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R-MC Faculty Teaching Toolkit: Canvas




Please visit the Canvas course-site for more resources; sign in using your R-MC email and password.

About Canvas

Canvas is Randolph-Macon College's learning management system (LMS), accessible at Canvas can be used to communicate with students, to provide assignment details, collect assignments from students, administer quizzes, surveys, and tests, and grade. Users should use the current Chrome or Edge for Mac and PC for accessing Canvas.

This page provides information about:

Get Started with Canvas


Use a current version of Chrome or Edge on Mac and PC. Other web browsers may cause problems for displaying uploaded course files, posting to the discussion board, submitting online assignments and taking quizzes and exams in Canvas.

Navigate to and login with your R-MC username and password.


"Getting Started with Canvas" Workshop


 Five Steps to Building a Learner-Friendly Canvas Course 


Canvas Features for the Inexperienced User:
(View time for each video: 2 minutes)

Global Navigation Video | Text
Course Navigation Video | Text
Adding the Syllabus Video | Text
Selecting a Home Page Video | Text
Modules VideoText
Pages Video | Text
Assignments Video | Text
Quizzes Video | Text
Discussions Video | Text
Student View: viewing a course as a test student Video | Text
Setting up the Gradebook Video | Text
Publishing your Course Video | Text

Communicate with Students in Canvas

Instructors should communicate regularly and clearly with students about each course. Especially if teaching a hybrid or online class, regular communication is one of the best ways to stay connected with your students and to encourage participation and engagement. Especially in hybrid or online teaching, frequent communication can influence whether a student succeeds or not. Instructors should communicate reminders about:

  • upcoming assignments (it's easier to lose track of time when hybrid or online)
  • any changes made to the course, including due dates or teaching mode
  • expectations of student participation.


See Canvas Homepage Design Ideas:


Remind students to set their accounts to receive Notifications properly, so that you know students are receiving your communications. (Learn how: video | text)

Consider Welcoming Your Students to your course. This can be a chance to introduce yourself to your students, to share your passion for the course topic, to share some of your strengths and weaknesses if you're teaching in a way that is at the edges of your comfort zone, or to start to set expectations for the class. Also think about Managing Your Online Presence.

There are two important communication tools in Canvas; click the links below for how to use them:

  • Announcements (video | text): allow the Instructor to send announcements to the whole class. Students cannot post new announcements. Students can view announcements when logging into the course site. The default Notifications setting allows the student to receive the announcement in their R-MC email.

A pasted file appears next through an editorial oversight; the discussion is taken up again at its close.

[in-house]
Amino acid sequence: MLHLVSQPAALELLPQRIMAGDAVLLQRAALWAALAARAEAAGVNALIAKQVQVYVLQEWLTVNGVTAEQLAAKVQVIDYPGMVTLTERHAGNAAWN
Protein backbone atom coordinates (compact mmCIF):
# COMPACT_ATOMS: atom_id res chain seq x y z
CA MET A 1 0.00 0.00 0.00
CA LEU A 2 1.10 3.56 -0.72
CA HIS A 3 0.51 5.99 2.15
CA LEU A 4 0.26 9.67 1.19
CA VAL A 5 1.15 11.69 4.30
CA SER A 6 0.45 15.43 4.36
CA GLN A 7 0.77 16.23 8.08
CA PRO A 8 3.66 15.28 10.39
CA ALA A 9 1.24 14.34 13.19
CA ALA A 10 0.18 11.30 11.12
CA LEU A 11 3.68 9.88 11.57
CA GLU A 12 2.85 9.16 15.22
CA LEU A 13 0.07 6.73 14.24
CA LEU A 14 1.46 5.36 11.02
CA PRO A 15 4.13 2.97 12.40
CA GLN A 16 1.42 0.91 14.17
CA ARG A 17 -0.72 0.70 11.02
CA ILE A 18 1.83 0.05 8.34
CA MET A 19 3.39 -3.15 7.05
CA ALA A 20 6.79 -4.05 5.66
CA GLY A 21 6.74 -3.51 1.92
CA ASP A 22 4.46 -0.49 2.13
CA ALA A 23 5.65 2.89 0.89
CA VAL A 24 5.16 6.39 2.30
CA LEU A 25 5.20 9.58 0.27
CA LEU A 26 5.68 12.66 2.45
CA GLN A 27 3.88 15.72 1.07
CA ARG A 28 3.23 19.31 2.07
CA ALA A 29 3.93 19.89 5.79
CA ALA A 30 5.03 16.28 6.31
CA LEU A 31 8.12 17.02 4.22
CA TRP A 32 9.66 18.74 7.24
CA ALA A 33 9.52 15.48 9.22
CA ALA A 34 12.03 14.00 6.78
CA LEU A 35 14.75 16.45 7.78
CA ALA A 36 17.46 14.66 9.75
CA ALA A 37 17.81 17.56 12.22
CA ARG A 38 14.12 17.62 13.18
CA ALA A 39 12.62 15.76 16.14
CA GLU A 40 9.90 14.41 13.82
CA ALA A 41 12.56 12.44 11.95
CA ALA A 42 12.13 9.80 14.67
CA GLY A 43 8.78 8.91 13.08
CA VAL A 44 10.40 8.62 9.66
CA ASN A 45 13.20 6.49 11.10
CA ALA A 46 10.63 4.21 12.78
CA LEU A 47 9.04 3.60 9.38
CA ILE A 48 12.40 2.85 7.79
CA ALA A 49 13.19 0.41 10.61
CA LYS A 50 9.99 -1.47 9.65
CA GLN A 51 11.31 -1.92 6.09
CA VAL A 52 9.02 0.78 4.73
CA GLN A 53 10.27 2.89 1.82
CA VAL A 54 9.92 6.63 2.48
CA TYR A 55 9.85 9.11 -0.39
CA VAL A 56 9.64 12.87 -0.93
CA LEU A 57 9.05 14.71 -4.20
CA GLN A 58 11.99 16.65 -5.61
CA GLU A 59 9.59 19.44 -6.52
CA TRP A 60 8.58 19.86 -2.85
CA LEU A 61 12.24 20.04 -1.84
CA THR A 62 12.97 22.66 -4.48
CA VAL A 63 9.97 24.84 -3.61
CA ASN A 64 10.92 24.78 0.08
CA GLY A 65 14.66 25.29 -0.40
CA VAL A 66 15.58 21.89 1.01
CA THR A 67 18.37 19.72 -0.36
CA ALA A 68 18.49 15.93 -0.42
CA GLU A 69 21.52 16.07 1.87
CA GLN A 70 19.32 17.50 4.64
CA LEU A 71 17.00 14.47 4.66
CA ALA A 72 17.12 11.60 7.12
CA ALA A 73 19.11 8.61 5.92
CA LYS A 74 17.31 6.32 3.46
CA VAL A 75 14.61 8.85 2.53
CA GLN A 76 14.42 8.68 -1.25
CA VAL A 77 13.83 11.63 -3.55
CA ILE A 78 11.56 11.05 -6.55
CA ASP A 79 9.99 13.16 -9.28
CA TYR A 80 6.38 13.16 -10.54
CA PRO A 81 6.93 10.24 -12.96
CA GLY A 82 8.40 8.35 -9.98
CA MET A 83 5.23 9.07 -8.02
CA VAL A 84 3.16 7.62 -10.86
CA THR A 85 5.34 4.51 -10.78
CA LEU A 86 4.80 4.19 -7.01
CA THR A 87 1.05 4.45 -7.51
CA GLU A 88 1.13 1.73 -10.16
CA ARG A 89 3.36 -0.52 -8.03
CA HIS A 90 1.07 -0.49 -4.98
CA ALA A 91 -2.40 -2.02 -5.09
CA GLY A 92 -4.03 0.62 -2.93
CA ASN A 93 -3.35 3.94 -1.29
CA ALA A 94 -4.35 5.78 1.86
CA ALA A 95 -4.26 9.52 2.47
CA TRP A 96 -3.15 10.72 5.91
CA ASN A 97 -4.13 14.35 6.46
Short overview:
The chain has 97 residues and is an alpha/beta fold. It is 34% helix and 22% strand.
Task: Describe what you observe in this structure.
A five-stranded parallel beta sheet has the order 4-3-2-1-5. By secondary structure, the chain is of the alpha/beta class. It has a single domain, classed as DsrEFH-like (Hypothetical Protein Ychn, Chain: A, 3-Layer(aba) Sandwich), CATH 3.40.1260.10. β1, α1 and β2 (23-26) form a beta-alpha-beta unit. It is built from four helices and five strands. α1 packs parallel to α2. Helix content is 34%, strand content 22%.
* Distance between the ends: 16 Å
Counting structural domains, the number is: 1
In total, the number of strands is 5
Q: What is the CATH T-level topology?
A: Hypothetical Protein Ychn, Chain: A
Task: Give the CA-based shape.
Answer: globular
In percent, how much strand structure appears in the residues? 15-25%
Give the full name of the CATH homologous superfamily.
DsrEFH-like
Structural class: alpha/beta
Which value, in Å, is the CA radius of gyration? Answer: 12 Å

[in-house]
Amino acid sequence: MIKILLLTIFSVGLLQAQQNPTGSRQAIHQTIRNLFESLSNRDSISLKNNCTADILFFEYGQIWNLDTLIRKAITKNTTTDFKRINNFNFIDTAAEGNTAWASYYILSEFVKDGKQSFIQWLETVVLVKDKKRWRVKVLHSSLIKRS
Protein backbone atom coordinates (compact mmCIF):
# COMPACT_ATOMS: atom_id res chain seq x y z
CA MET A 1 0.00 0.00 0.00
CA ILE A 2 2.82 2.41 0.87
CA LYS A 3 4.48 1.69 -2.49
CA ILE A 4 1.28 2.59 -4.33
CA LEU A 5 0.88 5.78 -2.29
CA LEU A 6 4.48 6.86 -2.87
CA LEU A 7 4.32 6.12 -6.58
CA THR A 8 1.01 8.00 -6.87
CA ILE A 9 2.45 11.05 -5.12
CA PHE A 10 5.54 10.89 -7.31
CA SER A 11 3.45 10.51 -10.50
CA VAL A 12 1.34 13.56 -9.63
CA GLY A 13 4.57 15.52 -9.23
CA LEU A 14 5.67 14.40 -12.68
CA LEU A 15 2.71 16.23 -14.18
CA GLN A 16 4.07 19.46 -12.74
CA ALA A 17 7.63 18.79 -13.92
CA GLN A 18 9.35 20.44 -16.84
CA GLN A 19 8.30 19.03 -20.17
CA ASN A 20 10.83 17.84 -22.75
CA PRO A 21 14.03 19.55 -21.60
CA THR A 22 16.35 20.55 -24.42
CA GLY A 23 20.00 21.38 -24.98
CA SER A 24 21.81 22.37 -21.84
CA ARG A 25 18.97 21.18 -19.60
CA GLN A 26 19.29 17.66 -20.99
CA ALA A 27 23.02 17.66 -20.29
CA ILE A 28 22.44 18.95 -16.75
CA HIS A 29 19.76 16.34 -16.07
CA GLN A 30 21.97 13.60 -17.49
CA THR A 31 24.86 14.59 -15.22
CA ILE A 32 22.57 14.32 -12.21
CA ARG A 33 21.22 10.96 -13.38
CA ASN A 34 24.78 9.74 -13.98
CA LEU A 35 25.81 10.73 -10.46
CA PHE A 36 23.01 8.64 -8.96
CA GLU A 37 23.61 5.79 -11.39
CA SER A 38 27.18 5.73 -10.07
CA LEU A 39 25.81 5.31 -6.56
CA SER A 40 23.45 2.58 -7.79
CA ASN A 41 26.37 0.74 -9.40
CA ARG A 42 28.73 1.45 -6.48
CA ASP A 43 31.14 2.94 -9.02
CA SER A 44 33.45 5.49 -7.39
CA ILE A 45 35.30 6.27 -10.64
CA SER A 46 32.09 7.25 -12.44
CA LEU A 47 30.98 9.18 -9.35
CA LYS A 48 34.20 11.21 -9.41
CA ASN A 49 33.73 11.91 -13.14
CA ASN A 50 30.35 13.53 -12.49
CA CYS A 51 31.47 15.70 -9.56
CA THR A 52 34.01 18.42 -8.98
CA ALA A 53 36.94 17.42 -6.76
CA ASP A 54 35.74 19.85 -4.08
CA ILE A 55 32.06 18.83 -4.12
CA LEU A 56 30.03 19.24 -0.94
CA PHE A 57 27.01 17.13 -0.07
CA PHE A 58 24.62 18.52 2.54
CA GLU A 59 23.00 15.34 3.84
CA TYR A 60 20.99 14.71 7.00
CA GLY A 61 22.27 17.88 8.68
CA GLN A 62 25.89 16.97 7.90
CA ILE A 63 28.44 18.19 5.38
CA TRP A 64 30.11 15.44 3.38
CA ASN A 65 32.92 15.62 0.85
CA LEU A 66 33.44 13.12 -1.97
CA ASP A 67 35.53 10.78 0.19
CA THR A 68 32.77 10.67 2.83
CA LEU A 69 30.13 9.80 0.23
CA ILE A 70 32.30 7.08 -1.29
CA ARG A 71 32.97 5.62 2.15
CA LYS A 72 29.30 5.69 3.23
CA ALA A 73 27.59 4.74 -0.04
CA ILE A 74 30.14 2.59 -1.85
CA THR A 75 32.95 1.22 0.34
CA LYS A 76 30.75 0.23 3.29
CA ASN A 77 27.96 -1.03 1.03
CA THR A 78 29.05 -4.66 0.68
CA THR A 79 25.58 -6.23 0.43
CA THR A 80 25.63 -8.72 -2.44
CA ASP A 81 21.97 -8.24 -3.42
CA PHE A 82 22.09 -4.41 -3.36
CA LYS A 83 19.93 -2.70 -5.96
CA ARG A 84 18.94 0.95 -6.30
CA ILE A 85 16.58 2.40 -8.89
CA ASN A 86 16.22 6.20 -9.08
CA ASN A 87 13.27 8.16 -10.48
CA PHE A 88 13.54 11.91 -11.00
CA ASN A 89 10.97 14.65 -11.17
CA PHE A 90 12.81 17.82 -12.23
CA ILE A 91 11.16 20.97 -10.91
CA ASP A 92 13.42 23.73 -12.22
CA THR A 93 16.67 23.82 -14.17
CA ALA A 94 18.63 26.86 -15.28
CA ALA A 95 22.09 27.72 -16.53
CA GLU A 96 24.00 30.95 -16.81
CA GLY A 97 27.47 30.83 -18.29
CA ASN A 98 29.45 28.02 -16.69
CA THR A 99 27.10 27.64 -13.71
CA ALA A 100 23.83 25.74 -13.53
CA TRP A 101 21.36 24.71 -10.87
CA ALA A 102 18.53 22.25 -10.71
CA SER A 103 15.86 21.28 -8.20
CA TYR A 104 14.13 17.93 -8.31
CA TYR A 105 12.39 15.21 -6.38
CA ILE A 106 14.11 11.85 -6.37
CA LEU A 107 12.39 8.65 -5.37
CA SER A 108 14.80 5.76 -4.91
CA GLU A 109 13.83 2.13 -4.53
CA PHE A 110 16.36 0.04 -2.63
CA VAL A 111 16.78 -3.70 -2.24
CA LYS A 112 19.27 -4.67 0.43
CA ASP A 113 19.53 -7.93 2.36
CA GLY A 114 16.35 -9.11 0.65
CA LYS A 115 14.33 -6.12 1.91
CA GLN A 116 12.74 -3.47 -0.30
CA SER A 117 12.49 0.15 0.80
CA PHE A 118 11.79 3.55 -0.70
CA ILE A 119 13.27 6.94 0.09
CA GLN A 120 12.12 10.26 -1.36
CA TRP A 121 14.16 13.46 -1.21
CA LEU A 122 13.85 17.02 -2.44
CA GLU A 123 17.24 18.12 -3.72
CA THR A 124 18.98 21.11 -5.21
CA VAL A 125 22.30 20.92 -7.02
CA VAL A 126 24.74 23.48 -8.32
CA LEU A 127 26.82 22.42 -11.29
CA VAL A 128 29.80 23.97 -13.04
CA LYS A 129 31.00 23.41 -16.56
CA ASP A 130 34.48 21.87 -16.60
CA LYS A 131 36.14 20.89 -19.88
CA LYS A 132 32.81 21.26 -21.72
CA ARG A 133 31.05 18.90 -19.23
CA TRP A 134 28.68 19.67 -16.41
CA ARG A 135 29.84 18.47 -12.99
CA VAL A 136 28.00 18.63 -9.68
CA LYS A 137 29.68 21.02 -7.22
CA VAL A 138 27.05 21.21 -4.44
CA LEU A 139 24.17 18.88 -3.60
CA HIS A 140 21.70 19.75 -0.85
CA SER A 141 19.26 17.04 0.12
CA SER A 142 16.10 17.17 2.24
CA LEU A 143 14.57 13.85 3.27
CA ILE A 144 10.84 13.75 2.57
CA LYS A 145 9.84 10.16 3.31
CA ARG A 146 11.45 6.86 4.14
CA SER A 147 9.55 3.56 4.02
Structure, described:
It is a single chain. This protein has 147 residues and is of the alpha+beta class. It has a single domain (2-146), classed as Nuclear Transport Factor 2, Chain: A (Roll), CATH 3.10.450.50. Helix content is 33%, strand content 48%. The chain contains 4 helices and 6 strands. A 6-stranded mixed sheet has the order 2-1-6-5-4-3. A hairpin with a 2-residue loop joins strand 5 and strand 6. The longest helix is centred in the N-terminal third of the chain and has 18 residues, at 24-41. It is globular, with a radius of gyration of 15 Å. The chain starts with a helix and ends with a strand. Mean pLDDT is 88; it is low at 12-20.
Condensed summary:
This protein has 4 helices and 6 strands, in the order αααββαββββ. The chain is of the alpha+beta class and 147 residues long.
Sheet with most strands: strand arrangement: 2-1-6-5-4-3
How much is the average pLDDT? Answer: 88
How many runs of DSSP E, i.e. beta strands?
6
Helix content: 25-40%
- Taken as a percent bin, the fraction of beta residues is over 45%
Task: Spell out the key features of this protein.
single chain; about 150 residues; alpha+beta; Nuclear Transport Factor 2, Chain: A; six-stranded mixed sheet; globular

• Conversations--Canvas Inbox (video | text): Access Conversations by clicking on "Inbox" in the global navigation. Canvas Conversations is essentially email within Canvas. It allows the faculty member and the student to send private messages to another individual in the course, or to send to a group of users within the course as well as across Canvas course sites.

Add Course Materials to Canvas

Import a Course and Bulk Update Dates

You can import a course from a previous semester and then bulk update assignment Available and Due Dates.

  • Learn how to import course content to an existing course shell (text)
  • Learn how to bulk update assignment Available Dates and Due Dates (text)


Add Individual Files

The Files link in the course navigation houses course documents, which can be PDF or Word documents, PowerPoint presentations, images, and many other formats.

  • Learn how to upload files to Canvas (video | text)

  • More Files details (video | text)

Large files such as videos should be stored in OneDrive or Google Drive and linked in Canvas because they take up a significant amount of Canvas storage.


Share Accessible Links

When sharing content through email or Canvas, it is preferable to link to readings found through the library catalog, library databases, or content that is open access. Use of these links guarantees access to material and helps the Library see that materials are being used. If there is no access through the library or via open access, use Interlibrary Loan. Be cautious about sharing material found on the open web, as sharing it with your class may violate copyright law. If you are concerned about whether content may be in violation of current interpretations of copyright law, please content Laurie Preston at


Find links to content through the library:

Persistent Links

When linking content from a library database, make sure you use a persistent link rather than the url in the address bar.

Persistent Links show up in various places, depending on the database, for instance, in ProQuest the persistent link shows up on the abstract/details of the record:

Persistent link proquest 2


The persistent link is also known as a document URL, persistent URL, PURL, durable link/URL, or stable link/URL. Locate persistent links in other databases.

Enabling Off-Campus Access

To ensure that links are available for use off-campus, add the following prefix to the link: for example:

The prefix will route any off-campus user to login with their Randolph-Macon College username and password.

Organize Course Materials in Canvas

Canvas organizes content by type: Files, Assignments, and Quizzes. If you rely on these to organize your course, students will constantly be trying to guess where to look for your course materials, which can cause them to not complete readings or assignments, or to miss deadlines.